Coombe Cliff Conservatory was saved from demolition in 1973, when the Norwood Society actively supported the GLC in its intervention to save it. John Horniman, who founded the famous tea-merchanting firm in Newport, Isle of Wight, around 1845, made a fortune by so doing; but he was also a great reformer and gave much of his fortune to charity. He sent his youngest son, Frederick John Horniman, to the Friends’ College in Park Lane, Croydon, and in 1852 removed both himself and his tea business from the Island to Croydon, building Coombe Cliff to live in.
At first he leased a house; then, in 1859, ‘When prosperity continued to attend him, he purchased an elevated piece of ground at Coombe Hill . . . much of which was covered with an almost impenetrable tangle of thorns and brambles . . . and converted it into charming gardens and sylvan walks, crowning it with his Italian villa.’
He travelled widely and brought back many specimens of shrubs and flowers, delighting in entertaining his friends in these beautiful surroundings. He lived to be 90, dying in 1893. His widow, although thought to be in frail health, was already 93 and yet she lived for a further seven years.
Frederick John Horniman, who, with his brother, had taken over the tea business, had houses at Hyde Park Terrace, Brighton and Forest Hill (where his collections later became Horniman’s Museum). But he came to live at Coombe Cliff for part of the year and within six months of his father’s death he planned his only major alteration to Coombe Cliff: the addition of the conservatory.
It was to provide him with somewhere for his rare plants (he too was a traveller, and an FRGS and FZS) and to give his mother a garden where she would not be troubled by cold weather. The old lady lived on at Coombe Cliff until her death in 1900. Soon after - in about 1902 or 1903 - F.J. Horniman sold the house; he died in 1906.
Nineteenth Century Conservatories
The conservatory, as a type of building, was a 19th century development of the orangery; it not merely provided shelter for plants which would not flourish in the open, but gave them an artificial climate which could be regulated to suit their needs. The chief requirements were plentiful glass to give adequate light, and plentiful fuel to maintain the desired temperature.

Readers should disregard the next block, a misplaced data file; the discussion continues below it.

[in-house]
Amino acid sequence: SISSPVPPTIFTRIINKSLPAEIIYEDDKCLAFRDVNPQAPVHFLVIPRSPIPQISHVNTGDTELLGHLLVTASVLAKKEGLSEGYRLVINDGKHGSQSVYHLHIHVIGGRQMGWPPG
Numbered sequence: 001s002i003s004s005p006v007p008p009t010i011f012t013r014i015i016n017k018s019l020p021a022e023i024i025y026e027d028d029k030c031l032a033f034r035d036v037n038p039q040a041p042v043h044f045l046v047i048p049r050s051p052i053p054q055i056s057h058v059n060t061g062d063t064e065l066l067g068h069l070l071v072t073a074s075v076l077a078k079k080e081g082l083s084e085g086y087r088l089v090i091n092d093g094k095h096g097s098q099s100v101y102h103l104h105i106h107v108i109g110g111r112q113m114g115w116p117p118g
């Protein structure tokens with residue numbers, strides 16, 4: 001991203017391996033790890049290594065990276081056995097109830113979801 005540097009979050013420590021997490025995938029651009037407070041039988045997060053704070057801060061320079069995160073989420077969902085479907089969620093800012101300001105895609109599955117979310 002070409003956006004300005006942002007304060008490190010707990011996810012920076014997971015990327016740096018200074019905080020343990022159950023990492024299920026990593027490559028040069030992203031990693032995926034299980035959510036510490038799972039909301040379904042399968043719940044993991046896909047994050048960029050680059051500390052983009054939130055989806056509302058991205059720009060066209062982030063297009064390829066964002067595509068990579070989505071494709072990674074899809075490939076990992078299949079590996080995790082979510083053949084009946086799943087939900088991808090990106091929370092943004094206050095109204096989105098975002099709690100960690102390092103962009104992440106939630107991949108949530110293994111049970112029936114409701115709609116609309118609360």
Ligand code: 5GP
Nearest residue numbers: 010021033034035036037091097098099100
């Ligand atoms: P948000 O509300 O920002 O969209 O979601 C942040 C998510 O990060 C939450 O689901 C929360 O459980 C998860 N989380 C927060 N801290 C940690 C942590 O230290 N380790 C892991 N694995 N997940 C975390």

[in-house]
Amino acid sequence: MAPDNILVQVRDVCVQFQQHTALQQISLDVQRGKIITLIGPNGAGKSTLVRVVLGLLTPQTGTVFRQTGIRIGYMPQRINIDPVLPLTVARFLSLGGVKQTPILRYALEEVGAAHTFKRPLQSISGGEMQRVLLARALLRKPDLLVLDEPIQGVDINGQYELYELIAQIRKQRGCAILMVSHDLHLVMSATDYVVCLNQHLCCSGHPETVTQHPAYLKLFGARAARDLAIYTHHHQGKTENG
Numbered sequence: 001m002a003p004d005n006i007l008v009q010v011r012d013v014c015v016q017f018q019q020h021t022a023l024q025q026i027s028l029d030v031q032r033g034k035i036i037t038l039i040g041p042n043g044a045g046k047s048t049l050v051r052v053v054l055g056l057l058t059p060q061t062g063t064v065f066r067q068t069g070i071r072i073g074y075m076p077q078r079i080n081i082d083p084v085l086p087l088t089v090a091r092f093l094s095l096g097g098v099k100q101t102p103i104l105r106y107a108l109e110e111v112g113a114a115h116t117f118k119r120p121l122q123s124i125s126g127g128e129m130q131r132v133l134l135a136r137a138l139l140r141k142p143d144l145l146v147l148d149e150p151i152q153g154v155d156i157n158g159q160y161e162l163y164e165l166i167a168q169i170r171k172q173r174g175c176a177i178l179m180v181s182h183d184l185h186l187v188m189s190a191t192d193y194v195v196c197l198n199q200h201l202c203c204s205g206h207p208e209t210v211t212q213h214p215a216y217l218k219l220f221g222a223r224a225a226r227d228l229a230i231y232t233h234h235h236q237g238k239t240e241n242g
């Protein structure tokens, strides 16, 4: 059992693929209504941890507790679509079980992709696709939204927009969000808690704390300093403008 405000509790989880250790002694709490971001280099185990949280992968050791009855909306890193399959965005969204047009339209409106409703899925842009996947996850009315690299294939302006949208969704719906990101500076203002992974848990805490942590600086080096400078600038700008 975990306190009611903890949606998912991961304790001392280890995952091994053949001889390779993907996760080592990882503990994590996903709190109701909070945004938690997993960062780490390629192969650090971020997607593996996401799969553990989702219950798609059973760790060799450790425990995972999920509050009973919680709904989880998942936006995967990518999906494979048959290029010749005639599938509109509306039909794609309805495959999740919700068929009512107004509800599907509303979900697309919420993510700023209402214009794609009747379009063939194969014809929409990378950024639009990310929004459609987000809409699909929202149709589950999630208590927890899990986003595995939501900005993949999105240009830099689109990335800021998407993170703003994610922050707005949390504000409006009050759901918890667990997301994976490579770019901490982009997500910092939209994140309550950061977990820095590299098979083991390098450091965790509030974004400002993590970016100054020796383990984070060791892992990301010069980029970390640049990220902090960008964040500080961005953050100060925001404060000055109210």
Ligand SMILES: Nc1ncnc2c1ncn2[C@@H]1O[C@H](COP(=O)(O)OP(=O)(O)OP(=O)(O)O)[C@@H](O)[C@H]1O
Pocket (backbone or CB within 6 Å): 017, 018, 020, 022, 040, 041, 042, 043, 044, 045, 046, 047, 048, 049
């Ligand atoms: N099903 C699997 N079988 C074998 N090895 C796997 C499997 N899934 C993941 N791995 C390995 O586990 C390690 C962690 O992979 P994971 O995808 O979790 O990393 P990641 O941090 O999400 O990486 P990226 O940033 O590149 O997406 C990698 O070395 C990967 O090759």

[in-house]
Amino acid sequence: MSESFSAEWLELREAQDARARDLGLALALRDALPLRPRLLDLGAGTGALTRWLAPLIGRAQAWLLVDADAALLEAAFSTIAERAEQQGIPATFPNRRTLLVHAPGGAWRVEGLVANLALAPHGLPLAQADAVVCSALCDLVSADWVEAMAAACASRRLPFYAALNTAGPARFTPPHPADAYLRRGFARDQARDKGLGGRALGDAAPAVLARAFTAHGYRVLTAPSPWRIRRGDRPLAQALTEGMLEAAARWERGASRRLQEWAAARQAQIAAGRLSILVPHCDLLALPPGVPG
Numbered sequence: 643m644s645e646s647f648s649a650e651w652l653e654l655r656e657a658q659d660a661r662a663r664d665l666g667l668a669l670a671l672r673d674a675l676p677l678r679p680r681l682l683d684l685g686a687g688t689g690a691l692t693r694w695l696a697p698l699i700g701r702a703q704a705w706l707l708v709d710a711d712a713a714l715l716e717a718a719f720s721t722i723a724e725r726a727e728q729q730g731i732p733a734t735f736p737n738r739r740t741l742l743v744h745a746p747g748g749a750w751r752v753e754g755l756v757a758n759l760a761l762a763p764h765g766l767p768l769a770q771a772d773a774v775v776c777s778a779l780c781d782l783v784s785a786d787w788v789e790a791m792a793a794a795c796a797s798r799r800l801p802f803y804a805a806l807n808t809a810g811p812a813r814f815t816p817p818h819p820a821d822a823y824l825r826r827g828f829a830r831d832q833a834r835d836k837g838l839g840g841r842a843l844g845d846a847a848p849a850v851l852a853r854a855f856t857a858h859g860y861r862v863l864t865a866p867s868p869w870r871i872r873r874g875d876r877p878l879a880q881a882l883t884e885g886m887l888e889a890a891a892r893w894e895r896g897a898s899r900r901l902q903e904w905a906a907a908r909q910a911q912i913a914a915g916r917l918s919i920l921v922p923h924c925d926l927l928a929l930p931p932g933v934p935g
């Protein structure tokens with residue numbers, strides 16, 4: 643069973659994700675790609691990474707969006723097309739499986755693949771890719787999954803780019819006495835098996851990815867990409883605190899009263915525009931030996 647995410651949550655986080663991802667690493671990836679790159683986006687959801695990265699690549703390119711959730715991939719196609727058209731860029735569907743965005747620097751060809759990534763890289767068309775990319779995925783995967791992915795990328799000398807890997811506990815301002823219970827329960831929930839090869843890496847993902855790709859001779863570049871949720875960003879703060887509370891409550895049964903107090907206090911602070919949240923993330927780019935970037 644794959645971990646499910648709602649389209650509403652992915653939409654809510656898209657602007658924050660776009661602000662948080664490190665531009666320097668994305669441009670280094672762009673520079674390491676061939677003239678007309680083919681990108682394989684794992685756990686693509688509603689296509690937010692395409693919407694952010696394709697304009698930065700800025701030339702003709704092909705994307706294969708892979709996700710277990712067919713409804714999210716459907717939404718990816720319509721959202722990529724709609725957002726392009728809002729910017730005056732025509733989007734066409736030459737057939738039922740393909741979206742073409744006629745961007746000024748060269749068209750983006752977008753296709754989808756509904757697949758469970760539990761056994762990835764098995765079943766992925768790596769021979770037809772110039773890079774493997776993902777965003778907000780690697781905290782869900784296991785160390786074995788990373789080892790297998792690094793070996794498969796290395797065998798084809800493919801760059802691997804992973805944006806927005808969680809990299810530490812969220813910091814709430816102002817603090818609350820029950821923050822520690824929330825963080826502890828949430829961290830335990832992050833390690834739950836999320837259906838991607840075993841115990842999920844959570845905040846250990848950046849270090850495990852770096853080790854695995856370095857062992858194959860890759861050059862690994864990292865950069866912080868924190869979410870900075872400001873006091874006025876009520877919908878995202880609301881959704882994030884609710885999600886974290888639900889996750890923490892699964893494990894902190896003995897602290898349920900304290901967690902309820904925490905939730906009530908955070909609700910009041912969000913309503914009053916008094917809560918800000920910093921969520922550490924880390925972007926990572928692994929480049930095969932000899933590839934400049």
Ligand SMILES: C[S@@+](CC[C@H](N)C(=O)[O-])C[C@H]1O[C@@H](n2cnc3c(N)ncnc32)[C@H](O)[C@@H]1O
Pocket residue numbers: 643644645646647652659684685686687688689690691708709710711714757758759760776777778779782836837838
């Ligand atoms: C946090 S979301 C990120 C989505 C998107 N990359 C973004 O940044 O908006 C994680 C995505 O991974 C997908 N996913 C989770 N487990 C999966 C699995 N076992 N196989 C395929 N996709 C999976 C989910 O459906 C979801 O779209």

Joseph Paxton, who was the Duke of Devonshire’s head gardener, began work at Chatsworth in 1836 on the most magnificent of all conservatories, the ‘Great Stove’. Its 75,000 sq.ft. of glass covered an acre, and it was so large that a coach and horses could drive through it. Here, early in the afternoon on November 2, 1849, the water-lily, Victoria Amazonica, with leaves so large that they could carry a child, flowered for the first time in cultivation. The success was sensational.
Conservatories rapidly became fashionable. If the desire of the Englishman of means to explore the swamps of the Amazon in search of rare botanical species remained a dream, at least he could built a conservatory, purchase his tropical plants, many of which were soon commercially available in England, and show them off to his friends.
Ironfounders, in their catalogues, offered veritable palaces of glass and cast iron in Gothic, Severe Greek and the Mixed styles - especially the latter.
Paxton, who was a friend of John Horniman, built the biggest glass-house ever, to house the Great Exhibition of 1851, first at Hyde Park and later transferred to Sydenham. He himself retired to Sydenham to spend the last years of his life, dying in 1865.
The Coombe Cliff conservatory, built 30 years after the Crystal Palace, has a south porch suggestive of that edifice in its rounded arch. It was actually constructed by Walter Macfarlane & Co, of Saracen Foundry, Glasgow, whose name is cast into the iron columns.
Catalogue of cast iron